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Whole Brain Radiotherapy With or Without Temozolomide at Daily Fixed-dose for Brain Metastases Treatment

2014-08-27 03:17:55 | BioPortfolio

Summary

RATIONALE

- Fractionated radiotherapy uses high-energy photons to kill, or damage tumor cells. High daily dose temozolomide combined with fractionated radiotherapy may make tumor cells more sensible to treatment.

PURPOSE

- This randomized phase II trial, assess in patients with brain metastases from solid tumors, whether the whole brain radiotherapy (WBRT) plus temozolomide is able to improve the results obtained with WBRT.

Description

Primary Outcome Measures

- Objective Response Rates

Secondary Outcome Measures

- Survival Free of Brain Metastases progression

- Overall Survival

- Systemic Side effects

Objectives

Primary

- Compare objective response rates in both arms of treatment

Secondary

- Compare survival free of progression in both arms of treatment

- Compare Overall Survival in both arms of treatment

- Compare side effects

Study Design

Allocation: Randomized, Endpoint Classification: Efficacy Study, Intervention Model: Parallel Assignment, Masking: Open Label, Primary Purpose: Treatment

Conditions

Brain Neoplasms

Intervention

Temozolomide, Whole brain radiotherapy

Location

Instituto Nacional de Cancerología de México
México
D.F
Mexico
14080

Status

Completed

Source

Instituto Nacional de Cancerologia de Mexico

Results (where available)

View Results

Links

Published on BioPortfolio: 2014-08-27T03:17:55-0400

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PubMed Articles [9899 Associated PubMed Articles listed on BioPortfolio]

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Medical and Biotech [MESH] Definitions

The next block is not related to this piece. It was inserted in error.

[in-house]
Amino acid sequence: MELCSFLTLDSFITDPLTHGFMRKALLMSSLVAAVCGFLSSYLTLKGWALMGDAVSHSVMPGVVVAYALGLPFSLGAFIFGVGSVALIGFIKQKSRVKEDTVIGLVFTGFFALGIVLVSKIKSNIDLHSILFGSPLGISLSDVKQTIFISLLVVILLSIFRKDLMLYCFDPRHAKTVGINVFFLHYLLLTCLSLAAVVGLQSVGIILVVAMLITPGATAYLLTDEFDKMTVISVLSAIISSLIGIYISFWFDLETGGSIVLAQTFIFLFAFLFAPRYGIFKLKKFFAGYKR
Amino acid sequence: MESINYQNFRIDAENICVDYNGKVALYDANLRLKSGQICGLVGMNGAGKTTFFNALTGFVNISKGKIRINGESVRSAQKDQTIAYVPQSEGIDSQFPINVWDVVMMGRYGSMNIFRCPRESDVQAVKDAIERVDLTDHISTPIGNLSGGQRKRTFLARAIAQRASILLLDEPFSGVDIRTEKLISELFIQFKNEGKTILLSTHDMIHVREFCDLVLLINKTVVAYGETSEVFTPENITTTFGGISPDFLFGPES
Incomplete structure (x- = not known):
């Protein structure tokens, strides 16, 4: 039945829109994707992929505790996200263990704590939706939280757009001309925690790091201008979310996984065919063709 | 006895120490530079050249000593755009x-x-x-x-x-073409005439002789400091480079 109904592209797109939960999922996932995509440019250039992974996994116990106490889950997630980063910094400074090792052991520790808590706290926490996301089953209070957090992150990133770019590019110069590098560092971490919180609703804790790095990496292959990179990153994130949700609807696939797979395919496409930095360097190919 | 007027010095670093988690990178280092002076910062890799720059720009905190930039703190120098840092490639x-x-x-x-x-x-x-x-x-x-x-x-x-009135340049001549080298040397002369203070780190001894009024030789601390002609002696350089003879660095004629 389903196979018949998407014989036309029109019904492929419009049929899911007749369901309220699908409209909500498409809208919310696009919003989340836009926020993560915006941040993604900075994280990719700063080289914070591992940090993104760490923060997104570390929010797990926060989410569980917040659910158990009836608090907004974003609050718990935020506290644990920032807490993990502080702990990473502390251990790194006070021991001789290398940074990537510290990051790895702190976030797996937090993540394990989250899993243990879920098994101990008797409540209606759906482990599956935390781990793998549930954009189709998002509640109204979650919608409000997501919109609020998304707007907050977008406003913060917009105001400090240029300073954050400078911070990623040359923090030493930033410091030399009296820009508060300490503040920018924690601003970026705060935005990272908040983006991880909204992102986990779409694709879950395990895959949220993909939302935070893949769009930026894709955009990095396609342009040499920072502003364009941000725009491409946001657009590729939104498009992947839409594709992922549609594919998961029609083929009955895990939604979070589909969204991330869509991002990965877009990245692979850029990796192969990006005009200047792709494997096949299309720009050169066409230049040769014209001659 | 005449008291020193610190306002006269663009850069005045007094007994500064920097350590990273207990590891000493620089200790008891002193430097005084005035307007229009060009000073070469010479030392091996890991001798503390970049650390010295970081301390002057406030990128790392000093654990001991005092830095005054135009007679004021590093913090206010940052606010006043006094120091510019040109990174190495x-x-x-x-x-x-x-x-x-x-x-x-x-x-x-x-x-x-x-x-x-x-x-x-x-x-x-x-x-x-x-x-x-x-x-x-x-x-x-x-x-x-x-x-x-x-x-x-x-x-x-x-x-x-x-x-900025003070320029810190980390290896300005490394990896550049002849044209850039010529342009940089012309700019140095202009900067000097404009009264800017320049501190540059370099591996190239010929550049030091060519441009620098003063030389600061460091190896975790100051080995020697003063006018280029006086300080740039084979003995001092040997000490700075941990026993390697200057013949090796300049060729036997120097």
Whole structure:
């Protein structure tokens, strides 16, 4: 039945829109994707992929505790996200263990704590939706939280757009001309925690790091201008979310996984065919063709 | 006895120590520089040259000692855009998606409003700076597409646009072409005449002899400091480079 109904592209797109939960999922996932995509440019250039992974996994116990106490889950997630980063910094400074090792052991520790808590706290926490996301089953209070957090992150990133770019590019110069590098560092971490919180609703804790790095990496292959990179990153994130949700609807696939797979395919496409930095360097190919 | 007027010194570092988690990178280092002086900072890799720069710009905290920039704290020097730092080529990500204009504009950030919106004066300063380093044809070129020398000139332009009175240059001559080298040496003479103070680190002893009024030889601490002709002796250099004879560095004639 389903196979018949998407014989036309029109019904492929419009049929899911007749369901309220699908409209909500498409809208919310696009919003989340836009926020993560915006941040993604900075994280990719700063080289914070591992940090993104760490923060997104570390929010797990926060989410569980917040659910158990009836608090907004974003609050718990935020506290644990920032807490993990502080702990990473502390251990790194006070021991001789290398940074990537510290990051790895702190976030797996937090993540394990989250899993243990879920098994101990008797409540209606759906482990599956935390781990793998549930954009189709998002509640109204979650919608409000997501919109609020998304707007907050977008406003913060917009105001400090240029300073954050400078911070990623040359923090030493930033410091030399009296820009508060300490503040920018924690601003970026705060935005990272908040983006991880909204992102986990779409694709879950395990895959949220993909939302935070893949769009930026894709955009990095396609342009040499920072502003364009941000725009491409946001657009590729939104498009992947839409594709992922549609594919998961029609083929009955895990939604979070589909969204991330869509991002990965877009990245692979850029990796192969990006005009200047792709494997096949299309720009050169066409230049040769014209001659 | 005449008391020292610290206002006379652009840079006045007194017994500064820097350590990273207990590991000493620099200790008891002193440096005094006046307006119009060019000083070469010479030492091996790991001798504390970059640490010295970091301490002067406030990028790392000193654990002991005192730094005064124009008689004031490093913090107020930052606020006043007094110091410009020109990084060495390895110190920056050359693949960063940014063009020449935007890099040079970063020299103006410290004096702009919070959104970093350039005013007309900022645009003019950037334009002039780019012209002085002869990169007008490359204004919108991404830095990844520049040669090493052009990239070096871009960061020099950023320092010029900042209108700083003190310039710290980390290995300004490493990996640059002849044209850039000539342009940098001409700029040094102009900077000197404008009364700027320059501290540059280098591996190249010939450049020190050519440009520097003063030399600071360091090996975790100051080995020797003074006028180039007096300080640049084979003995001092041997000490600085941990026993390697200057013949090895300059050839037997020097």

Neoplasms of the intracranial components of the central nervous system, including the cerebral hemispheres, basal ganglia, hypothalamus, thalamus, brain stem, and cerebellum. Brain neoplasms are subdivided into primary (originating from brain tissue) and secondary (i.e., metastatic) forms. Primary neoplasms are subdivided into benign and malignant forms. In general, brain tumors may also be classified by age of onset, histologic type, or presenting location in the brain.

Antineoplastic agent especially effective against malignant brain tumors. The resistance which brain tumor cells acquire to the initial effectiveness of this drug can be partially overcome by the simultaneous use of membrane-modifying agents such as reserpine, calcium antagonists such as nicardipine or verapamil, or the calmodulin inhibitor, trifluoperazine. The drug has also been used in combination with other antineoplastic agents or with radiotherapy for the treatment of various neoplasms.

Benign and malignant intra-axial tumors of the MESENCEPHALON; PONS; or MEDULLA OBLONGATA of the BRAIN STEM. Primary and metastatic neoplasms may occur in this location. Clinical features include ATAXIA, cranial neuropathies (see CRANIAL NERVE DISEASES), NAUSEA, hemiparesis (see HEMIPLEGIA), and quadriparesis. Primary brain stem neoplasms are more frequent in children. Histologic subtypes include GLIOMA; HEMANGIOBLASTOMA; GANGLIOGLIOMA; and EPENDYMOMA.

Neoplasms located in the brain ventricles, including the two lateral, the third, and the fourth ventricle. Ventricular tumors may be primary (e.g., CHOROID PLEXUS NEOPLASMS and GLIOMA, SUBEPENDYMAL), metastasize from distant organs, or occur as extensions of locally invasive tumors from adjacent brain structures.

A collective term for precoordinated organ/neoplasm headings locating neoplasms by organ, as BRAIN NEOPLASMS; DUODENAL NEOPLASMS; LIVER NEOPLASMS; etc.

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